Tata Power rating ‘buy’ – equity issuance a plus for investors

By: |
July 13, 2020 1:25 AM

Given debt levels, deleveraging by company is expected to drive stock movement; ‘Buy’ retained with TP of Rs 66.

In a recent report, we had highlighted that we expect debt reduction to drive stock performance. In a recent report, we had highlighted that we expect debt reduction to drive stock performance.

TPWR plans to increase its shares by 18% through a fresh issuance at Rs 53/share (a 15% premium to the closing price on 1 July, 2020). It is also setting up an infrastructure investment trust (InvIT) for its renewable business.

Valuation implications: The equity issuance is to be done at a 21% discount to its FY20 book value, and when completed, should dilute its book value by 3.2%. This would dilute our fair value estimate for Mar’21 by 5.7%.

Yet implications for stock appear significantly positive: In a recent report, we had highlighted that we expect debt reduction to drive stock performance. We assign a 15% discount to our fair value estimate derived from our SOTP approach to account for investors’ aversion to high debt given TPWR’s net debt/Ebitda for 2020 was at 5.5x. The equity issuance should reduce the net debt/equity multiple on a pro-forma basis (as of Mar’20) to 1.67x from 1.99x. With this, the promoters’ shareholding will increase to 46.86% from 37.22%, which is a strong mark of confidence, in our view.

We believe an InvIT for its RE business will be even more positive from a debt reduction perspective and from a total return perspective as we see RE returns as being dilutive compared with returns for the regulated business. The RE business accounts for Rs 108 bn of gross debt, and we value the equity part at Rs 55 bn. We believe the InvIT structure should allow TPWR to deconsolidate its net debt from its consolidated business and allow its equity investments to be treated as cash equivalents, resulting in a total net debt reduction of cRs160 bn (c37% of net debt). When approved and executed, these developments should be significantly positive.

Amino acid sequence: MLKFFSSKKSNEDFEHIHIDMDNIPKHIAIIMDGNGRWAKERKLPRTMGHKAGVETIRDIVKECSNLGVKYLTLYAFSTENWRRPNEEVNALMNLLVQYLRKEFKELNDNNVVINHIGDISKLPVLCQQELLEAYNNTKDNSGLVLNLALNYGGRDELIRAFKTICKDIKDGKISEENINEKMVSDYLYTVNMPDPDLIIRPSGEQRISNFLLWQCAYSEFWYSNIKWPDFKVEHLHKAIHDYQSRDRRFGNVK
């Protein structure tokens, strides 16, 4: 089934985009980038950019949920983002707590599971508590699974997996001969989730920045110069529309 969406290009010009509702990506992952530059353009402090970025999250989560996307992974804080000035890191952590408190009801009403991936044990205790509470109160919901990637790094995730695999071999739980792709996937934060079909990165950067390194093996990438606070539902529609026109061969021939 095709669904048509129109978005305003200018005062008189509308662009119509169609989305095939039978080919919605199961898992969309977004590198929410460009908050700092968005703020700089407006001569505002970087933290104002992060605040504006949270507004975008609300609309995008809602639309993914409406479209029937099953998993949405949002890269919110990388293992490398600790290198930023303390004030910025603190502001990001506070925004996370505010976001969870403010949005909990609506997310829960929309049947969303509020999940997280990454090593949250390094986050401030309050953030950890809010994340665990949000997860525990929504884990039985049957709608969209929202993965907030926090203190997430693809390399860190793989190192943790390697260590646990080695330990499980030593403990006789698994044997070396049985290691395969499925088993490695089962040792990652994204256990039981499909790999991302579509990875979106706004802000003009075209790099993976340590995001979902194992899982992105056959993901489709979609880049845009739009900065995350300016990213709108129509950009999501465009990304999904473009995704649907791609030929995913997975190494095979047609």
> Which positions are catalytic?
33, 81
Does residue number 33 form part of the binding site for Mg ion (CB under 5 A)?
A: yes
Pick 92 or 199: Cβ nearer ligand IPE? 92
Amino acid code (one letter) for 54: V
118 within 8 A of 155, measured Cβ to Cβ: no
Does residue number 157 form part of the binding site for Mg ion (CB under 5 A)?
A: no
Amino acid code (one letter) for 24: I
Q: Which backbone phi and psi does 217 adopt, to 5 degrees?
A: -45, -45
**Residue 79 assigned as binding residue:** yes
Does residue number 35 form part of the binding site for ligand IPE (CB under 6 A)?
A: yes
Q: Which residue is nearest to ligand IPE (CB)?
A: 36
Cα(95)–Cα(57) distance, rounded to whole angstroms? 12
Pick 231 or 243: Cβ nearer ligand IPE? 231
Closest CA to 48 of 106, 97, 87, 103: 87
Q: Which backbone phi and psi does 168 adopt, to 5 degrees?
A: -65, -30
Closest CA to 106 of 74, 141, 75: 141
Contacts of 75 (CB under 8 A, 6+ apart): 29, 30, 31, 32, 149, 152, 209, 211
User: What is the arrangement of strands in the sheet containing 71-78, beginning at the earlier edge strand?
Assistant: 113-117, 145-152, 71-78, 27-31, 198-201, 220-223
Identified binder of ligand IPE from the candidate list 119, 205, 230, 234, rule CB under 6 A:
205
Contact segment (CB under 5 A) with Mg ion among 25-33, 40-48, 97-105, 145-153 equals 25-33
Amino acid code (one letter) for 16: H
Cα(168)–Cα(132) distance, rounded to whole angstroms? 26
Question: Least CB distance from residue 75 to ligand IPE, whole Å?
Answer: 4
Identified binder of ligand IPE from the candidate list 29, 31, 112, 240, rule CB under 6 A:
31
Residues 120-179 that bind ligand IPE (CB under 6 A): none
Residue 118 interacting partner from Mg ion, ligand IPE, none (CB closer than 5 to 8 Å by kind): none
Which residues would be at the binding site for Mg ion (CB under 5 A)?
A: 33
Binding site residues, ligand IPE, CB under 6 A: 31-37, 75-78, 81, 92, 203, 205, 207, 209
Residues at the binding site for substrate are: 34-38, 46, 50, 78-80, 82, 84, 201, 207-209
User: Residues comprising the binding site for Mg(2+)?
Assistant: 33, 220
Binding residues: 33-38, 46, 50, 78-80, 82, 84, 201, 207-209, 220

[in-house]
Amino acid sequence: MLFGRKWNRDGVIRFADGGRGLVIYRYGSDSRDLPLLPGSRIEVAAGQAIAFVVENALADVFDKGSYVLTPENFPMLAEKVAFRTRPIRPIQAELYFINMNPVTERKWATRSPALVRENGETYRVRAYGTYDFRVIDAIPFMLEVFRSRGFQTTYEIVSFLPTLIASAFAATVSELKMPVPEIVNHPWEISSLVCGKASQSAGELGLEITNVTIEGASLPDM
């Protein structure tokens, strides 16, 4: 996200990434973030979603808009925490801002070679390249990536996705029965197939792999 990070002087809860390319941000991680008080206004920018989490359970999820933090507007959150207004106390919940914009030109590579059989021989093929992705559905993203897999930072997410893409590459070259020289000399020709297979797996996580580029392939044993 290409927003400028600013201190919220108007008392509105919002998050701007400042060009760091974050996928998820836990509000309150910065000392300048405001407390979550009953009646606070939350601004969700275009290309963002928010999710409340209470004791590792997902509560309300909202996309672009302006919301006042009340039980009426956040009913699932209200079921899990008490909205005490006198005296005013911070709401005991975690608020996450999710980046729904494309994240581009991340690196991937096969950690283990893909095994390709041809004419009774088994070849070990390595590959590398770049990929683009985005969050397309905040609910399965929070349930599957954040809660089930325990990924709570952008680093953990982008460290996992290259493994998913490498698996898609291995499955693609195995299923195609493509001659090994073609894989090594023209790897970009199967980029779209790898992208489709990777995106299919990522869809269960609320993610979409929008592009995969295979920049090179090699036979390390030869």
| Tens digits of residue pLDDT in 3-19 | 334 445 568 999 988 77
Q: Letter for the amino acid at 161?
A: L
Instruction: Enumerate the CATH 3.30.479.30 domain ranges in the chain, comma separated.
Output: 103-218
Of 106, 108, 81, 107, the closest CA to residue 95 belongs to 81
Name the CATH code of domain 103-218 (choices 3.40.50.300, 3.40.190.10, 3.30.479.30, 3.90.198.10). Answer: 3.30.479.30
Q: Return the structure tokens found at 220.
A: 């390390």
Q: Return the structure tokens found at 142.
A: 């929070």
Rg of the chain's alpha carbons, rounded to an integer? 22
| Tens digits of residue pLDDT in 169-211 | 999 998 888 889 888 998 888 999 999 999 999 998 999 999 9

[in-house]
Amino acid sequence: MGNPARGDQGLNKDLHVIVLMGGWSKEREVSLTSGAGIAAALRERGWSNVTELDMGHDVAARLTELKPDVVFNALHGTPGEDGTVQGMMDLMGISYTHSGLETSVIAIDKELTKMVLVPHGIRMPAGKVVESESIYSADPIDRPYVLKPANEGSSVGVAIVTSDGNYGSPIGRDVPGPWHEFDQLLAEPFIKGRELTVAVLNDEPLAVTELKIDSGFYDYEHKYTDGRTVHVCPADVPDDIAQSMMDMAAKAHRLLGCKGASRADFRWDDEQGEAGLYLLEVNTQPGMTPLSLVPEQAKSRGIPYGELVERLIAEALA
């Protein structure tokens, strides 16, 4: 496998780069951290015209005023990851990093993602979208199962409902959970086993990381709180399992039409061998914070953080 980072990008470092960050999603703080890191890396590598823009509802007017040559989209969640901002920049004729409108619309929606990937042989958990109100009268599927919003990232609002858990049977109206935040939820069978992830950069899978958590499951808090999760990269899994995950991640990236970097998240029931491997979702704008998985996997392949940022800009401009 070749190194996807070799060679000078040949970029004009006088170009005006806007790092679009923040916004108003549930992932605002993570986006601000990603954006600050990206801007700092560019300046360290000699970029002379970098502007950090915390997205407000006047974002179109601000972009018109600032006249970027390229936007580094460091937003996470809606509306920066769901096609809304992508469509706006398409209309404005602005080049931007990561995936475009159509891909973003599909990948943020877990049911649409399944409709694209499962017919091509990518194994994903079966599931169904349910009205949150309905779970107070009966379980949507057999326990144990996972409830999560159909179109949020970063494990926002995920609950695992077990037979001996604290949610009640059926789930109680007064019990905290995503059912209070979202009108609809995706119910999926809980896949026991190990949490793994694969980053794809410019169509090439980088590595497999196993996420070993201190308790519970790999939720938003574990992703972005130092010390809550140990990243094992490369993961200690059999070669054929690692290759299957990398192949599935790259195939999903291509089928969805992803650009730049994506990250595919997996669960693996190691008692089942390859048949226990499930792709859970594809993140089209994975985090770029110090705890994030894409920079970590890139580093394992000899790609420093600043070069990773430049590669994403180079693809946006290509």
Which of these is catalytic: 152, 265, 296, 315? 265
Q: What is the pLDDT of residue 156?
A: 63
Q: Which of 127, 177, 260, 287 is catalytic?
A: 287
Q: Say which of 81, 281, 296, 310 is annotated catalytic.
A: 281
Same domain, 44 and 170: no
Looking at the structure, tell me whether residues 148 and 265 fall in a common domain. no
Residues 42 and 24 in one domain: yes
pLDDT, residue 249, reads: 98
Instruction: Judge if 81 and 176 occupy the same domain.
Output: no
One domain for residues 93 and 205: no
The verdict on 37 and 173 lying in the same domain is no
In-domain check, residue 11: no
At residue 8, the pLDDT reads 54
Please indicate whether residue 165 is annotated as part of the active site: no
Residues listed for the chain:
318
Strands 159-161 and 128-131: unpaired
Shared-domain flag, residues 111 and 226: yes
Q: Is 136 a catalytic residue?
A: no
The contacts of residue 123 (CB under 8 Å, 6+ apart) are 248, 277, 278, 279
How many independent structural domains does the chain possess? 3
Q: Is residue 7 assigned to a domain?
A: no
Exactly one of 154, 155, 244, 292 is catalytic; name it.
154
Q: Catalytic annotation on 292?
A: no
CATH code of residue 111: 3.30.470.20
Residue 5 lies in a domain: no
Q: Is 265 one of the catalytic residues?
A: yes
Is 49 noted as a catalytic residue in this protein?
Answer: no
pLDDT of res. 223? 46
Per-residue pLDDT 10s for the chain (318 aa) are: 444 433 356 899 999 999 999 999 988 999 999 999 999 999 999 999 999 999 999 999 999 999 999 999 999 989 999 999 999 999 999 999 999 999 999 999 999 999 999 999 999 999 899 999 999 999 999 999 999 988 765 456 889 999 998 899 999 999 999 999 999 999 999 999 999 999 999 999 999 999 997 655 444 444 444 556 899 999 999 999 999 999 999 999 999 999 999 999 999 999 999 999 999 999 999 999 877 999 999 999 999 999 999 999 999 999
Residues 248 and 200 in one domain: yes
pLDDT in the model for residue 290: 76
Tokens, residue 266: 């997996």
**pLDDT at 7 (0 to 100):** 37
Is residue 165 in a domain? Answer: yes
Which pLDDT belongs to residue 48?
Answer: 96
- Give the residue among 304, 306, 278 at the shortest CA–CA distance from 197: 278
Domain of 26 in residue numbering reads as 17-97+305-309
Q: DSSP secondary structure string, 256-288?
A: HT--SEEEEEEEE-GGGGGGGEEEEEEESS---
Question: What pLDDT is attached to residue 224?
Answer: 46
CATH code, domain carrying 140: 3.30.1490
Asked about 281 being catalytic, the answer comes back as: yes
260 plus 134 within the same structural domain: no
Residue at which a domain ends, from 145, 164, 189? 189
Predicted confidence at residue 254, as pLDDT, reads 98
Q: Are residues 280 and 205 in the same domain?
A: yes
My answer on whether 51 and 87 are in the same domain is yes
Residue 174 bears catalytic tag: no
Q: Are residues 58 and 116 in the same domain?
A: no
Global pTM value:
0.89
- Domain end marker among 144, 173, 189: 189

It is all falling into place: In our March note, we had argued that the separation and alteration of PPAs could reduce the overhang of losses from the Mundra plant. We are beginning to see some progress with Maharashtra approving the alteration of its PPA with TPWR. While the process is slow with four more states yet to agree, the near-term earnings impact is now likely to be less given lower coal prices. We also note the momentum in deleveraging from the sales of assets in the current quarter, which should reduce its debt by Rs 24 bn.

Retain Buy and TP of Rs 66: Our TP is based on a sum-of-the-parts approach in which we value the regulated, generation and other businesses at Rs 83 per share for FY21e then discount to June 2020 at a rate of 15% to account for the discount investors ascribe for high levels of debt.

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